“This work represents an exciting proof-of-concept result for this soft robot, demonstrating that it can safely interact with soft tissue and lead to improvements in cardiac function,” said Conor Walsh, senior author of the paper and the John L. Loeb Associate Professor of Engineering and Applied Sciences at SEAS and Core Faculty Member at Harvard’s Wyss Institute. “We envision many other future applications where such devices can deliver mechanotherapy both inside and outside of the body.”
However, “the human body is remarkably good at detecting foreign materials and mounting immune responses to them, so it will be tricky business to find a biologically inert material that will not, over the long run, scar the tissues it’s physically associated with,” according to a physician who was not involved in the research. “This is less critical for non-vital organs like soft-tissue silicone implants, but a thin layer of scar tissue around the heart could have serious implications for the stiffness, structural integrity, and function of native heart tissue.”
The research was a collaboration between Harvard’s SEAS and Wyss Institute, Boston Children’s Hospital, National University of Ireland, Technische Universität München, Boston Children’s Hospital, University of Leeds, University of Central Florida, Royal College of Surgeons in Ireland, Trinity College Dublin, UCLA, and University of Louisville.
The work was supported by the Translational Research Program grant from Boston Children’s Hospital, a Director’s Challenge Cross-Platform grant from the Wyss Institute for Biologically Inspired Engineering, Harvard School of Engineering and Applied Sciences, and Science Foundation Ireland.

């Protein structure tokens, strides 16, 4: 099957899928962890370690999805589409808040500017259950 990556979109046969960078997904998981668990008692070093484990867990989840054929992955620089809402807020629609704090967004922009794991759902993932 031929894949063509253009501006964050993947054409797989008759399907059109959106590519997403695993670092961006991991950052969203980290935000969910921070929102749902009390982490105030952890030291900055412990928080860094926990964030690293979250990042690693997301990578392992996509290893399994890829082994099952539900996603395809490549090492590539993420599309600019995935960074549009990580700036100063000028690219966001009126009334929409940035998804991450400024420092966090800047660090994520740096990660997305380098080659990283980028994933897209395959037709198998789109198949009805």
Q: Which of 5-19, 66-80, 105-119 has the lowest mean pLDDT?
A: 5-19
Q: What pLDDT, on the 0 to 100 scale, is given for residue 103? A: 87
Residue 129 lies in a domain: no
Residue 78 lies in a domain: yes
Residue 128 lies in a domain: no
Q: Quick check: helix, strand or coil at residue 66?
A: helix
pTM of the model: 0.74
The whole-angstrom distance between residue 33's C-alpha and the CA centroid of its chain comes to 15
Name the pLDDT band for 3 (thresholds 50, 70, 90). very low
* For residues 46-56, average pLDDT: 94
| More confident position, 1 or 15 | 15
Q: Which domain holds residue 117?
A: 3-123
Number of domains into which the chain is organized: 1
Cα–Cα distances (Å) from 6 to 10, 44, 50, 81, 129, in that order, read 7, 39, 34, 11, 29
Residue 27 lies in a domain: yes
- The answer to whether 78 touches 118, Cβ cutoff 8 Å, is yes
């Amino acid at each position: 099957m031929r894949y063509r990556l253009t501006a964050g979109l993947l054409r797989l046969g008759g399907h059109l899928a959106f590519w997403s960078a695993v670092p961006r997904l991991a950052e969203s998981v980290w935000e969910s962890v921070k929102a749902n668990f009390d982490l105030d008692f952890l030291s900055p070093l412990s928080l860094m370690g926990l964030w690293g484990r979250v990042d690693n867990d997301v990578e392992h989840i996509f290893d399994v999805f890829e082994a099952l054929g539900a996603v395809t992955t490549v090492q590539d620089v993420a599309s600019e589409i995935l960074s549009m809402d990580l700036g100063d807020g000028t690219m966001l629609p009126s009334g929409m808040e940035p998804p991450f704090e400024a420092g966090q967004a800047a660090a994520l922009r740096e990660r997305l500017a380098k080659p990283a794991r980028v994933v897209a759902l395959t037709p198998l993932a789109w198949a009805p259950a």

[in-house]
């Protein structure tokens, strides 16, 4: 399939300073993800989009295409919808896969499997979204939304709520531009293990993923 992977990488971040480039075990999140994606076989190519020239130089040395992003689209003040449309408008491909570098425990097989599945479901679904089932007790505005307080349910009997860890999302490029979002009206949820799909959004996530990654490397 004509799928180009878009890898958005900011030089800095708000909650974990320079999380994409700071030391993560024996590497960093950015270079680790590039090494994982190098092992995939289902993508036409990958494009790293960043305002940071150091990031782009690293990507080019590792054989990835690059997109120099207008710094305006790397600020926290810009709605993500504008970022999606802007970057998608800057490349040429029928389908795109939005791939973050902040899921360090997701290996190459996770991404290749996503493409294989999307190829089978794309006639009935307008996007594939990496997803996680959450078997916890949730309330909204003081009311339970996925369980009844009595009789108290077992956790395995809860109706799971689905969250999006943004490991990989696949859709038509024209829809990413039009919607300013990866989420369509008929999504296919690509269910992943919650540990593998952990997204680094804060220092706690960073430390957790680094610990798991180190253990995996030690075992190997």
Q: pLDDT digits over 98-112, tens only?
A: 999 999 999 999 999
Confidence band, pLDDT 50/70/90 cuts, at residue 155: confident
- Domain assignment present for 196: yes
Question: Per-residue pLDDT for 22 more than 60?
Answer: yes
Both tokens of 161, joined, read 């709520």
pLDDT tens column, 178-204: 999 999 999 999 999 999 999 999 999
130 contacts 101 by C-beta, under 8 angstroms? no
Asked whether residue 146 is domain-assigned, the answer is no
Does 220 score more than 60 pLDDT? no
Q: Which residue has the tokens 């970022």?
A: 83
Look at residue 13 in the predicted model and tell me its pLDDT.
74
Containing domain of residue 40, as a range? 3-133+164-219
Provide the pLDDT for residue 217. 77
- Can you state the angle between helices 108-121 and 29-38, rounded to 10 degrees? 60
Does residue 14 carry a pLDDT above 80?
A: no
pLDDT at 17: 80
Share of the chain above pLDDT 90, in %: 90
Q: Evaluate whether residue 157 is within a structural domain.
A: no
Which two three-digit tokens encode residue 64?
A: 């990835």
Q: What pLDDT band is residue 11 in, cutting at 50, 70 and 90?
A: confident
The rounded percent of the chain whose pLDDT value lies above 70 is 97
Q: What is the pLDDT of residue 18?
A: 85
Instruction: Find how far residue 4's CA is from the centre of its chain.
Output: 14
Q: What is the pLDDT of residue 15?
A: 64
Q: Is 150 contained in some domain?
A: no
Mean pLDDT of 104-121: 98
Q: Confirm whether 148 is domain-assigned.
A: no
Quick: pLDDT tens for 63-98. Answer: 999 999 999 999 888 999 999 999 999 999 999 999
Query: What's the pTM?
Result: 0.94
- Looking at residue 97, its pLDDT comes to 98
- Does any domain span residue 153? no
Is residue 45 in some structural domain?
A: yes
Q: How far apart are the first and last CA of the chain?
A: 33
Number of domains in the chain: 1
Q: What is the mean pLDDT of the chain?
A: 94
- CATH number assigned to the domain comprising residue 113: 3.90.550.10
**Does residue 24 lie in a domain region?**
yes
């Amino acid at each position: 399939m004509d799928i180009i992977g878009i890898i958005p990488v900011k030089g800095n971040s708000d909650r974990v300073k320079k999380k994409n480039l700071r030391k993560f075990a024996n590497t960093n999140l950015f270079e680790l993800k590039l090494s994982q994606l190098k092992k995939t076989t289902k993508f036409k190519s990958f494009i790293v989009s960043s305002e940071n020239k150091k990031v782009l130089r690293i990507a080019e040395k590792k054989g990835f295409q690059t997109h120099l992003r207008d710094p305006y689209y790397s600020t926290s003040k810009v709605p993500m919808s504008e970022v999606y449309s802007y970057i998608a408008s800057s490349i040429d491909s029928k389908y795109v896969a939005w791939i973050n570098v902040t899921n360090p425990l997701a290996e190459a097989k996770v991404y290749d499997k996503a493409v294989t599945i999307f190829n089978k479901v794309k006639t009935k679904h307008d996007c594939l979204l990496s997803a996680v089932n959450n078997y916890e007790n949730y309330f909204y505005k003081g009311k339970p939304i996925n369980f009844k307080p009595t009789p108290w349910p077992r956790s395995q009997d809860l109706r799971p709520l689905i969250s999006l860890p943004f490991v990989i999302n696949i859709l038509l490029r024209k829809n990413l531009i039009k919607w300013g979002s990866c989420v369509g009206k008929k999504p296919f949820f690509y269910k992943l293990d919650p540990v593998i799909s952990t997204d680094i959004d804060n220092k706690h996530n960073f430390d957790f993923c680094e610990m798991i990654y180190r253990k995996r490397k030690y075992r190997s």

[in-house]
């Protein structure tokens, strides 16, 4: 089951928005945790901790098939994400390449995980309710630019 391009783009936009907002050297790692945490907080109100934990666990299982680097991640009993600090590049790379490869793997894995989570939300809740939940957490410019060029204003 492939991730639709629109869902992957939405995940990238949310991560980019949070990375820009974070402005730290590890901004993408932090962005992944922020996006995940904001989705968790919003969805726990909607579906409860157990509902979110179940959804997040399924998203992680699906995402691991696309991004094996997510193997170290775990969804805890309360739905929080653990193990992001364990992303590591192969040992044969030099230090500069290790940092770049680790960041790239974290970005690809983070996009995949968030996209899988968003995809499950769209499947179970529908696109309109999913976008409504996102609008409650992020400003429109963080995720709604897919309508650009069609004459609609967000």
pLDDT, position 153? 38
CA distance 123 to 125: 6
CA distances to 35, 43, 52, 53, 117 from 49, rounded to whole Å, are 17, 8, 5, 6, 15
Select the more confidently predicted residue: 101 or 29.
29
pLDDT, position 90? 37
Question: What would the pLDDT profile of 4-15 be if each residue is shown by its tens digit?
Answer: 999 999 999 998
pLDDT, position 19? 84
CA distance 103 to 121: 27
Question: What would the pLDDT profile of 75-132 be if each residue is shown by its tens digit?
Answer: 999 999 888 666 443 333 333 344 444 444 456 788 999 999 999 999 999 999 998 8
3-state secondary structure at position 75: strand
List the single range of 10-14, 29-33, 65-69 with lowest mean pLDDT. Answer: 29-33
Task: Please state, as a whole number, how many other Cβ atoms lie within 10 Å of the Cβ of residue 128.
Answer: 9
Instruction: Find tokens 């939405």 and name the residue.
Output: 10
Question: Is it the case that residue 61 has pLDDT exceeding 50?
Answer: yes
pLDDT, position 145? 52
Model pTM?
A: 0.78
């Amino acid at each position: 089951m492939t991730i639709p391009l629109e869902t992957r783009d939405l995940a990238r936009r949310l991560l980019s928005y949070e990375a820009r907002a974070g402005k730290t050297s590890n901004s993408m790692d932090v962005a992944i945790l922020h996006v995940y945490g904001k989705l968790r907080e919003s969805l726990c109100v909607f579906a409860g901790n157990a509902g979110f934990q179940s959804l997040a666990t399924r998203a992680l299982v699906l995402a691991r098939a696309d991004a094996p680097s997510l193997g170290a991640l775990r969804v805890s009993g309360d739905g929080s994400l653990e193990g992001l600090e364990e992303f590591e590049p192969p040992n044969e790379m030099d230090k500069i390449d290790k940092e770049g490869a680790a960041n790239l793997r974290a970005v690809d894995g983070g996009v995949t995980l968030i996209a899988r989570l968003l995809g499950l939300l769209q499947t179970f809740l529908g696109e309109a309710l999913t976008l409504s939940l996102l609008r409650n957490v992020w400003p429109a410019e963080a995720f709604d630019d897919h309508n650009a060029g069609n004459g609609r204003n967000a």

Abstract of Soft robotic sleeve supports heart function
There is much interest in form-fitting, low-modulus, implantable devices or soft robots that can mimic or assist in complex biological functions such as the contraction of heart muscle. We present a soft robotic sleeve that is implanted around the heart and actively compresses and twists to act as a cardiac ventricular assist device. The sleeve does not contact blood, obviating the need for anticoagulation therapy or blood thinners, and reduces complications with current ventricular assist devices, such as clotting and infection. Our approach used a biologically inspired design to orient individual contracting elements or actuators in a layered helical and circumferential fashion, mimicking the orientation of the outer two muscle layers of the mammalian heart. The resulting implantable soft robot mimicked the form and function of the native heart, with a stiffness value of the same order of magnitude as that of the heart tissue. We demonstrated feasibility of this soft sleeve device for supporting heart function in a porcine model of acute heart failure. The soft robotic sleeve can be customized to patient-specific needs and may have the potential to act as a bridge to transplant for patients with heart failure.
- Ellen T. Roche, Markus A. Horvath, Isaac Wamala, Ali Alazmani, Sang-Eun Song, William Whyte, Zurab Machaidze, Christopher J. Payne, James C. Weaver, Gregory Fishbein, Joseph Kuebler, Nikolay V. Vasilyev, David J. Mooney, Frank A. Pigula, Conor J. Walsh. Soft robotic sleeve supports heart function. Science Translational Medicine, 2017; 9 (373): eaaf3925 DOI: 10.1126/scitranslmed.aaf3925 (open access)